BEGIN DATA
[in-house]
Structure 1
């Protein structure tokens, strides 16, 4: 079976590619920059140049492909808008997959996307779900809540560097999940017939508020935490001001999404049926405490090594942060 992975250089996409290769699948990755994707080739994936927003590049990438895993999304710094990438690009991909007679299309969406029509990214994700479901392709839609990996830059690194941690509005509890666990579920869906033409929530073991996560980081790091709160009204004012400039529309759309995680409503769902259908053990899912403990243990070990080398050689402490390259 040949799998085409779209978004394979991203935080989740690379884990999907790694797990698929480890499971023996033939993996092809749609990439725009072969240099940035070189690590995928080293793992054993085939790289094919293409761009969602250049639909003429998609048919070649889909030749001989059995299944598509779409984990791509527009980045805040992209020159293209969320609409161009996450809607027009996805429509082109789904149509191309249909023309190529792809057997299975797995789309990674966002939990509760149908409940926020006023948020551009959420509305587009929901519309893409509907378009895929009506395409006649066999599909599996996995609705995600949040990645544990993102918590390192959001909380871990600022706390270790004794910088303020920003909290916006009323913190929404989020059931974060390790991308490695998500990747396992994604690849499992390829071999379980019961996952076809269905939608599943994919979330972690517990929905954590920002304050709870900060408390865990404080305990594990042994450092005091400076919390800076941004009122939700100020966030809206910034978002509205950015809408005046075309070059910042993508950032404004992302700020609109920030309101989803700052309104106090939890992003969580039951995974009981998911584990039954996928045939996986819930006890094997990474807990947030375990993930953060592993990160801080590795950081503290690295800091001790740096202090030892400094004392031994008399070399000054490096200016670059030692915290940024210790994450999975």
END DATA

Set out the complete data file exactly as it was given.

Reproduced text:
[in-house]
Structure 1
């Protein structure tokens, strides 16, 4: 079976590619920059140049492909808008997959996307779900809540560097999940017939508020935490001001999404049926405490090594942060 992975250089996409290769699948990755994707080739994936927003590049990438895993999304710094990438690009991909007679299309969406029509990214994700479901392709839609990996830059690194941690509005509890666990579920869906033409929530073991996560980081790091709160009204004012400039529309759309995680409503769902259908053990899912403990243990070990080398050689402490390259 040949799998085409779209978004394979991203935080989740690379884990999907790694797990698929480890499971023996033939993996092809749609990439725009072969240099940035070189690590995928080293793992054993085939790289094919293409761009969602250049639909003429998609048919070649889909030749001989059995299944598509779409984990791509527009980045805040992209020159293209969320609409161009996450809607027009996805429509082109789904149509191309249909023309190529792809057997299975797995789309990674966002939990509760149908409940926020006023948020551009959420509305587009929901519309893409509907378009895929009506395409006649066999599909599996996995609705995600949040990645544990993102918590390192959001909380871990600022706390270790004794910088303020920003909290916006009323913190929404989020059931974060390790991308490695998500990747396992994604690849499992390829071999379980019961996952076809269905939608599943994919979330972690517990929905954590920002304050709870900060408390865990404080305990594990042994450092005091400076919390800076941004009122939700100020966030809206910034978002509205950015809408005046075309070059910042993508950032404004992302700020609109920030309101989803700052309104106090939890992003969580039951995974009981998911584990039954996928045939996986819930006890094997990474807990947030375990993930953060592993990160801080590795950081503290690295800091001790740096202090030892400094004392031994008399070399000054490096200016670059030692915290940024210790994450999975």